Published January 08, 2015
If you want a master class, Roger Federer's demolition of Jo-Wilfried Tsonga in the semifinal of the Australian Open here will do nicely. The score was 6-2, 6-3, 6-2 and the lesson lasted 88 minutes.
As an exhibition of how to hit a tennis ball, it was close to perfection. Tsonga, a big, strapping, talented athlete was on the other side of the net but he was cannon fodder. Federer said it was intense in the beginning and the Frenchman certainly made him run for a while, but as soon as the Swiss secured a break, intensity was replaced by as relaxed a demonstration of how to win a Grand Slam semifinal as I can remember.
It won't be the same in the final on Sunday evening because Andy Murray is a very different tennis player than Tsonga and has beaten Federer six times in 10 meetings. But the Scot will need to be at his very best if he is to stop Federer from claiming his 16th Slam and his fourth Australian title in what will be his eighth consecutive appearance in a Slam final.
To say Federer is in a relaxed mood would be an understatement. Set up by Jim Courier on court after the match, he turned comedian and gave the 15,000-strong crowd some entertainment. Asked how he trains, Federer replied, "I sit on the couch. I look after the kids."
Even his wife Mirka thought that was funny, probably with good reason, but Roger then went on to talk about Murray.
"It will be a different match. We'll feel each other out. He'll hit a backhand cross court, I'll hit a forehand down the line; he'll drop shot me, I'll lob him; he'll hit a shot between the legs. It will be fun."
Nor could he resist a tilt at British tennis. "I know he'd like to win the first title in British tennis for, what is it, 150,000 years?"
Digs at the old country are very popular in Australia so the place was in hysterics by this stage as Federer revealed a side of himself that the public rarely gets to see. He was pretty laid back in his press conference, too. When Neil Harman of the London Times complained that it was only 74 years since Fred Perry won the last Grand Slam title for Britain in the men's game, Federer replied, "How many years did I say? Oh, I missed it by a little bit."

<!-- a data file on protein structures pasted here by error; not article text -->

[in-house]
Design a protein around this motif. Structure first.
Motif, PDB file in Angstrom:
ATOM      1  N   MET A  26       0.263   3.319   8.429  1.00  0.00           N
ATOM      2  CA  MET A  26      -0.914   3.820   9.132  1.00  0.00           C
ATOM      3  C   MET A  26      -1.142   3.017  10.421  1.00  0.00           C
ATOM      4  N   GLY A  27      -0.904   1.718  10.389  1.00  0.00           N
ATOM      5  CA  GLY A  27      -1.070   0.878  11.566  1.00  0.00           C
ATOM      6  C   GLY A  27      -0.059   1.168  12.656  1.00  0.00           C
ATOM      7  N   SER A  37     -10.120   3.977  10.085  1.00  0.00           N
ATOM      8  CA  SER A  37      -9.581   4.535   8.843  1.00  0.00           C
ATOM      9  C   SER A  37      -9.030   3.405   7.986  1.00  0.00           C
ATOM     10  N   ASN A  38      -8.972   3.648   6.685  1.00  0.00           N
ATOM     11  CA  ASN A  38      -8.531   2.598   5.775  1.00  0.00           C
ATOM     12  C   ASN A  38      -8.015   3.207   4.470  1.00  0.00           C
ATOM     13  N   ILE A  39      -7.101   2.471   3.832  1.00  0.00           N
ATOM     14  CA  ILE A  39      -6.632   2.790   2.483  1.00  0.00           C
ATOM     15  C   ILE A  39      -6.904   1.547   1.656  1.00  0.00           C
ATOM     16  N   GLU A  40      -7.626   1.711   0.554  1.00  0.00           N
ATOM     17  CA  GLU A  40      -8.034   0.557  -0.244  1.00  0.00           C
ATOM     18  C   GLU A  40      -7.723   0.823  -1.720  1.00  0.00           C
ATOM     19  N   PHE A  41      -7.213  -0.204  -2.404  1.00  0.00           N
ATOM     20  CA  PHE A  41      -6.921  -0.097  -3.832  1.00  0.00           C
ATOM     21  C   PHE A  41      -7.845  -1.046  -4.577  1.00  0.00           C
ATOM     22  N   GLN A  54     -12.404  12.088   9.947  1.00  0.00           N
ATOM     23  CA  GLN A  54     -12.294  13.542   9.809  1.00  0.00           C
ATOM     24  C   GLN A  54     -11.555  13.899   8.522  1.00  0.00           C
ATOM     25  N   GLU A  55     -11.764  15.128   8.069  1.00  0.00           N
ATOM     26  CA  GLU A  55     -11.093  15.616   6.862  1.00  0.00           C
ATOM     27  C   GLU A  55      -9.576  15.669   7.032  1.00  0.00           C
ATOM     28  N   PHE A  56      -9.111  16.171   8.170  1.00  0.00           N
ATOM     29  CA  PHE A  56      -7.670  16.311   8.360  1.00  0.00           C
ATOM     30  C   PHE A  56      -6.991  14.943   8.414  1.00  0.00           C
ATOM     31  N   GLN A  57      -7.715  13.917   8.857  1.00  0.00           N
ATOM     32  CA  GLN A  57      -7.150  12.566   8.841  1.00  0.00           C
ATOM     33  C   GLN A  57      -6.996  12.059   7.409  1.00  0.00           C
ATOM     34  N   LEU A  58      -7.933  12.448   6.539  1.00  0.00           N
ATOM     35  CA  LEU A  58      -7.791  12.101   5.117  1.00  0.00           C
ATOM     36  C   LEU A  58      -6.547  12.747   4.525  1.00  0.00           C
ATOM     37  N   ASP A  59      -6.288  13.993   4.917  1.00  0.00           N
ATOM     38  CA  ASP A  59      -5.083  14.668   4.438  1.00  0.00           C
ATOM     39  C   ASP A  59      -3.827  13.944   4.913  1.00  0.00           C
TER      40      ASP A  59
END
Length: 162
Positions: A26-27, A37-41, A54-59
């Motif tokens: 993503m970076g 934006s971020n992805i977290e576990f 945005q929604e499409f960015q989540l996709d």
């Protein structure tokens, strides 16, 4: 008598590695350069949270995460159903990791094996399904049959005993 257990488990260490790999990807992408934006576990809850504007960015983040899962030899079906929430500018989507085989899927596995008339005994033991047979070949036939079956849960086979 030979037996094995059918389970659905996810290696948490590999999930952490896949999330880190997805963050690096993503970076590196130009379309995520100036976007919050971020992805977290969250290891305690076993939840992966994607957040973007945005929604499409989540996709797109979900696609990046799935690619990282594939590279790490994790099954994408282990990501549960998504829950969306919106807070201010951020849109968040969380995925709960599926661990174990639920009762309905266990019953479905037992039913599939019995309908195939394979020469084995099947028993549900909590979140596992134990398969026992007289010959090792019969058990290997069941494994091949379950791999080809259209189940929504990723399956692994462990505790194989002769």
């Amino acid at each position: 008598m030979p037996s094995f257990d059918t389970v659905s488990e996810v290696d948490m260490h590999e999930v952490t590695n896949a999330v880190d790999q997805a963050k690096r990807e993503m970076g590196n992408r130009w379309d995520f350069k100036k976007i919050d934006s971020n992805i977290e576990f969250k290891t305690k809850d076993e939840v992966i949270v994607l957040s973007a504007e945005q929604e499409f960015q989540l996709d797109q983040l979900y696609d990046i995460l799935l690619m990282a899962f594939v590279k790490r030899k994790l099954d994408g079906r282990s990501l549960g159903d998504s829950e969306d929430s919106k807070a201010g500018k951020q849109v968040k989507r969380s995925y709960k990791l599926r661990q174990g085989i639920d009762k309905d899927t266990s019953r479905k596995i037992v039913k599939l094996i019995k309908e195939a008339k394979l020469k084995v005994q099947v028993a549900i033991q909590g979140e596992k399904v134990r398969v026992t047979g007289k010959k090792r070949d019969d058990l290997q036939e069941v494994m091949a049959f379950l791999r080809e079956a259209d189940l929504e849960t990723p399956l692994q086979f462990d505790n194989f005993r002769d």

But Federer, getting a little more serious, continued, "No, I mean, it's just funny, you know, because that's the question Andy probably gets asked quite a bit. Wouldn't be surprised if he's a bit fed up by it. I think he's done really well, handling the pressure, considering the media in England is very strong. So I think he's done great under the pressure."
Referring back to the Tsonga match, Federer was interesting when he revealed how little he knows about how he is actually going to perform on a given day.
"The pre-match feeling I have or the pre-match warmup I have -- they don't predict anything to me," he said. "It's really only after maybe the first two service games each that I have a little bit of an idea where it can take us."
And sometimes he is surprised. Someone in the Australian media who obviously doesn't appreciate watching a master craftsman at work, asked Federer if he thought it might have been a boring match to watch.
"No, I don't think for myself it wasn't boring at all," he replied. "For me it was very challenging to bring it over the finish line. Most of the stadium probably didn't know the last time I played him I was up 6-1, 5-1 and ended up losing. That wasn't a boring match for me either."
Unhappily, the next four weeks might be a little boring for Rafael Nadal. Soon after Federer reached the final, it was announced that last year's winner here would be out of tennis for a month after undergoing a medical examination in Barcelona. The doctor reported that Nadal's injury showed a "minimal focal tear on the back part of the quadricipital tendonitis insertion in his right knee."
Less technically, Nadal just added, "As I said before I left Melbourne, I know this is not the same injury I suffered last year. I feel good and I am only thinking of recovering well."